- Clear headlines: “Pages should avoid headlines that withhold information required to understand what the content of the article is and headlines that exaggerate or sensationalize the article to create misleading expectations.”
- Spam: “Pages should not deliberately try to manipulate the feed to get more distribution than they normally would.”
- Accurate information: “We know there is misinformation on Facebook, and we take this very seriously. False information is harmful to our community, it makes the world less informed, and it erodes trust.”
2. Cultivate authentic engagement
Have I mentioned how much the Facebook algorithm loves engagement? Well, sharing top-notch content that resonates with your audiences isn’t the only way to generate engagement. In fact, it’s just a piece of the puzzle.
Whether you’re an influencer, creator, or brand, fostering meaningful connections with your followers will help you build a relationship and trust. That means replying to messages and reacting to and leaving thoughtful responses to their comments. These actions should be baked into your marketing strategy.
This approach will create a ripple effect: the more deeply connected your followers feel to your brand (business or personal), the more likely they are to like, comment on, or share your new content.
3. Experiment with different types of content
Text-based posts, photos, GIFs, carousels, videos, live videos — mixing up content times will help you find what achieves the best results with your audience.
Yes, that means leaning into Facebook Reels, too. While video content might feel intimidating, don’t feel as though you have to create a documentary-quality video for it to get results on the platform — Facebook loves original video content. Plus, Facebook videos have a bit of an edge on the platform as they have a separate feed for users (right next to ‘Home’ in the app) consisting almost entirely of recommended content. Here’s our everything-and-the-kitchen-sink guide to Facebook Reels to get you started.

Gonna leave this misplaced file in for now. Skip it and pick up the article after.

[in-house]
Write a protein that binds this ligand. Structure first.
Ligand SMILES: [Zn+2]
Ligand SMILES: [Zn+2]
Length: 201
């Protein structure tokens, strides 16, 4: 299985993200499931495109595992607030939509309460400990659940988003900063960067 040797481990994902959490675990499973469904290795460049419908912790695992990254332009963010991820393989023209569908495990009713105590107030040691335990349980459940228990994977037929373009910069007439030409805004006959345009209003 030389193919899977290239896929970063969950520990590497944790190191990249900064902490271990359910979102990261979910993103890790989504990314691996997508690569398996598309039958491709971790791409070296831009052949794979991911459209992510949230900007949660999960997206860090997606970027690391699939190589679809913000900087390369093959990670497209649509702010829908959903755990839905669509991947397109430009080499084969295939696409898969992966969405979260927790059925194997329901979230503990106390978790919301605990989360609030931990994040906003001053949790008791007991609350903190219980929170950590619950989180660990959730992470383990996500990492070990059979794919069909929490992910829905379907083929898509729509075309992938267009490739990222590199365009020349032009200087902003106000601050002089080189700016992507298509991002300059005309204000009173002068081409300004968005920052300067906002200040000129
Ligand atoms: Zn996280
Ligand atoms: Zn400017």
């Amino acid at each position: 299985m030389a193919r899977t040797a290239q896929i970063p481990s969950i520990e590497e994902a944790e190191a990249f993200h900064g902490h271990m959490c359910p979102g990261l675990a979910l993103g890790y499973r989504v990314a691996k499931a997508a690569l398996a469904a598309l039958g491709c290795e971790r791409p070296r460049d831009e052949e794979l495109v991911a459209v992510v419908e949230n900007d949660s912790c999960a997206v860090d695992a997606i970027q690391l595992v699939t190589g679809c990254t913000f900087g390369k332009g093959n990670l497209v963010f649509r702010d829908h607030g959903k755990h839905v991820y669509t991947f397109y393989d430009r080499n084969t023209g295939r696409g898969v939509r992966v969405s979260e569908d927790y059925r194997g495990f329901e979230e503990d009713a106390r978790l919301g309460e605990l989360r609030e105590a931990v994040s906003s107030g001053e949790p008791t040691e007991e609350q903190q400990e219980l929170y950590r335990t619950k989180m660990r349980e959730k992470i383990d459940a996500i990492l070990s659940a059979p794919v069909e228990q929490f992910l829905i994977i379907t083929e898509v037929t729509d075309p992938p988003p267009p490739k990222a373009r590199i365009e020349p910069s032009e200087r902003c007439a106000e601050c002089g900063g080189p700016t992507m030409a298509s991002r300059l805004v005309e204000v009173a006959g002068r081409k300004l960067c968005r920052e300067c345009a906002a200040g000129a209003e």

4. Post user-generated content and mention people in your posts
When people tag you in posts, take notice: this is a perfect opportunity for sharing their content as UGC (or user-generated content) — with their permission of, course.
Another pro tip: Take your reviews on review sites like TrustPilot or Yelp and turn them into quick Facebook posts. Tagging the person who left the review will boost post engagement and probably get you at least one new follower (if the reviewer wasn't following you to begin with).
5. Publish posts that create meaningful conversations
Yes, we’re back on the engagement train again (this time, going in a slightly different direction): Facebook likes authentic accounts that contribute to their community and create meaningful interactions.
Facebook’s goal is to “bring people closer together and build relationships,” so posting overly promotional content that doesn't get comments or shares won't help your ranking. Interacting with other accounts also boosts your authenticity, so join other people's conversations when relevant.
6. Aim to get on people’s ‘Favorite’ lists
In 2021, Facebook added a new feature that allows users to take more control of their feeds through the Favorite list. Users can now place 30 friends and Pages they follow on their Favorite list so they see content from those friends and Pages first.
Pages and profiles can be added to Favorites by clicking on the Follow button on the Page or profile, then choosing 'Favorites'.
Sticking to the basics in steps 1 and 2 makes it far more likely a follower will add you to their lists.
7. Don't use clickbait and engagement bait
Facebook regularly updates its algorithm to pinpoint posts that are effectively clickbait and spammy links. Clickbait is content that is exaggerated, over-sensationalized, and borderline spam. It promises a result but doesn't deliver (e.g., headlines like “The one fruit you need to stay young”).
Engagement bait, on the other hand, uses captions or photos that contain phrases like, “Like this if you like dogs better, share this if you like cats better.”
8. Don’t share fake news
Posting fake news for whatever purpose — creating urgency, fostering fear, etc. — is against their Community Standards, and repeated offenses can get you banned from the platform.
9. Don’t violate Facebook’s Community Standards
We’ve talked about this, but it bears repeating. Facebook takes its Community Standards very seriously. The algorithm is pretty good at weeding out posts that violate these rules, but even if a post manages to skirt under the radar, Facebook users can report it and have it taken down anyway.
If your posts get removed or reported repeatedly, the overall “score” of your profile will also go down, which will lessen the visibility of your posts. In some cases, Facebook can also remove you from the platform entirely.
Don’t try to game the Facebook algorithm — work with it
There you have it: there’s no shortcut to Facebook success. Yes, it’s a long game. But high-quality, engagement-driving content that doesn’t violate any guidelines is the best way to play it. You’ll be watching those follower numbers climb in no time.